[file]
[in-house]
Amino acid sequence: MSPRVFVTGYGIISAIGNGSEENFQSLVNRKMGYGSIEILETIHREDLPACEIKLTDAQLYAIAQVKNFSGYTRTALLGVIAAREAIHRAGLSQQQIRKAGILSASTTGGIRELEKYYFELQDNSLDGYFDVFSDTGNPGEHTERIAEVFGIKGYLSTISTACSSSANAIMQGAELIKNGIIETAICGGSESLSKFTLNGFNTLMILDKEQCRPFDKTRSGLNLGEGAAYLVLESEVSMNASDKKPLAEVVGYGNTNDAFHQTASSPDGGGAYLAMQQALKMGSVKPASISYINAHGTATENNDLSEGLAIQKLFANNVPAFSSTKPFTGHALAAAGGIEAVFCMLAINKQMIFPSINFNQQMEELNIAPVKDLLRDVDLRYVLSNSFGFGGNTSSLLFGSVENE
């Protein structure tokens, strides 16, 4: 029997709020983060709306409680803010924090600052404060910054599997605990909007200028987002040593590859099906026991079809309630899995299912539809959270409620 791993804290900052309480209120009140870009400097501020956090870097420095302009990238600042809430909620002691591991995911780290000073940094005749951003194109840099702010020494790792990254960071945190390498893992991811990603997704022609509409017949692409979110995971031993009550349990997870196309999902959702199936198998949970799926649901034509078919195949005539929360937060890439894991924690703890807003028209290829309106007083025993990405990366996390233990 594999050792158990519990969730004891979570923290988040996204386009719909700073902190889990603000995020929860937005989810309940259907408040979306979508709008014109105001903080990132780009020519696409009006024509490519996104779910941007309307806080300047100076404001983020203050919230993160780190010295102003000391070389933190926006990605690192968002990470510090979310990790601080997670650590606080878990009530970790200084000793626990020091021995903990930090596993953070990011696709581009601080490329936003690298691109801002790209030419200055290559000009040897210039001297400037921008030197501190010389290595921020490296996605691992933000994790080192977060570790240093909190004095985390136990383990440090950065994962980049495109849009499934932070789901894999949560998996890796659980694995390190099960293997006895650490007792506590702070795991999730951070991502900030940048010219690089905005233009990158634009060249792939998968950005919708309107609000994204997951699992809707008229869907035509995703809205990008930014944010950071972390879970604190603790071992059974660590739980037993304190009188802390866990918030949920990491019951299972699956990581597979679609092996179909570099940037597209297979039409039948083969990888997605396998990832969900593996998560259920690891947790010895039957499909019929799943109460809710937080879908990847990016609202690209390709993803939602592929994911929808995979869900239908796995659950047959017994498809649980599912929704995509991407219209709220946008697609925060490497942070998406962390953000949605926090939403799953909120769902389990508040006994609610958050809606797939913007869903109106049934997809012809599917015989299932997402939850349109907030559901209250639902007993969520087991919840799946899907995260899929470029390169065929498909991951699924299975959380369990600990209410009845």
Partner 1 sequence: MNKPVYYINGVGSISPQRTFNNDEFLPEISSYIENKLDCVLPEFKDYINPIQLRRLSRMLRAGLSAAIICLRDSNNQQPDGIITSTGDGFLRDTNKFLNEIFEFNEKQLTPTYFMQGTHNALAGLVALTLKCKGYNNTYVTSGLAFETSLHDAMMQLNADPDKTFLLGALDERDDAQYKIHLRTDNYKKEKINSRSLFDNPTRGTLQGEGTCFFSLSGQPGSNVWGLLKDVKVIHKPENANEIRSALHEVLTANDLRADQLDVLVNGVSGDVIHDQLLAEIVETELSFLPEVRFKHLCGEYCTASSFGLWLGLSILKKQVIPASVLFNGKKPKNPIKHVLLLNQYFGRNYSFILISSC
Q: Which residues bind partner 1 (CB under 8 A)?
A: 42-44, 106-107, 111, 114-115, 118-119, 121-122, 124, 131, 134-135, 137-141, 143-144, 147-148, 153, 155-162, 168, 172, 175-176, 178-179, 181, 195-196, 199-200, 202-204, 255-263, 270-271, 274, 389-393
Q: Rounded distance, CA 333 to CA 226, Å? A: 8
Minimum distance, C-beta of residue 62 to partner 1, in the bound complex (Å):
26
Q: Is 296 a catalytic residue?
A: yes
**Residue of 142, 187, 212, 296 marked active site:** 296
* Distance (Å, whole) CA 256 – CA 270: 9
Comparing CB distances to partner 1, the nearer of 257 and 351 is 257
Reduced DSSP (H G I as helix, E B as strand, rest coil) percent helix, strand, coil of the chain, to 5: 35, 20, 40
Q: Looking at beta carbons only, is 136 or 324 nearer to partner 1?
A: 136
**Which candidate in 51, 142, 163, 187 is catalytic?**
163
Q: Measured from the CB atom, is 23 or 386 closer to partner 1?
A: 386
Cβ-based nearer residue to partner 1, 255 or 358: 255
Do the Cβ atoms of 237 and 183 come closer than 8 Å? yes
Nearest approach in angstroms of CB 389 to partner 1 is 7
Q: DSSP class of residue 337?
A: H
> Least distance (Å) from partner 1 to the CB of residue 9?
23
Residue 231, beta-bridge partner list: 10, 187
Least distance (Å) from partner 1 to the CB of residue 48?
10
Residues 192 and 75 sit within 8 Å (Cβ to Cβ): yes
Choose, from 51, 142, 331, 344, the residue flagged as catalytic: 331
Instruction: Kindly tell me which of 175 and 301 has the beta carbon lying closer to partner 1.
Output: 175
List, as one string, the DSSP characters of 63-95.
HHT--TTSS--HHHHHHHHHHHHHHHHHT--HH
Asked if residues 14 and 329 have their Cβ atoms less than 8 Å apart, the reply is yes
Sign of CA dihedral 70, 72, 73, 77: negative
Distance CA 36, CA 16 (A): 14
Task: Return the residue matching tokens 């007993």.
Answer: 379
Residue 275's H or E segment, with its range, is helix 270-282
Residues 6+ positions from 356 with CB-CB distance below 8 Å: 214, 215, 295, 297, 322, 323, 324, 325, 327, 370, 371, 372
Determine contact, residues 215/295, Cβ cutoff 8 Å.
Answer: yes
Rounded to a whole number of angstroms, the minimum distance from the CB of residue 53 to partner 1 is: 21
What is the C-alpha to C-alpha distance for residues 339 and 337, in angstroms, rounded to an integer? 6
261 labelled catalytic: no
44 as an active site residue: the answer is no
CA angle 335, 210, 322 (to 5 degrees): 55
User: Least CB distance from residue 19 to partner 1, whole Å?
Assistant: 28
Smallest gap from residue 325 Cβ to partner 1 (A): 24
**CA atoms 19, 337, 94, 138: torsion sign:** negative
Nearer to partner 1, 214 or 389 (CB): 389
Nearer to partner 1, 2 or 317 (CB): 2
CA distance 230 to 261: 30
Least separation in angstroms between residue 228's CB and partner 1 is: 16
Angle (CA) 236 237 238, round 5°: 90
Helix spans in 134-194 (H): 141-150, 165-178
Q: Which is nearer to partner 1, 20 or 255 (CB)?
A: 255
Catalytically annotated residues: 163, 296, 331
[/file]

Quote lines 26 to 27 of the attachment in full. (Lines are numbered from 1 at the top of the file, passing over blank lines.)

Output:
A: H
> Least distance (Å) from partner 1 to the CB of residue 9?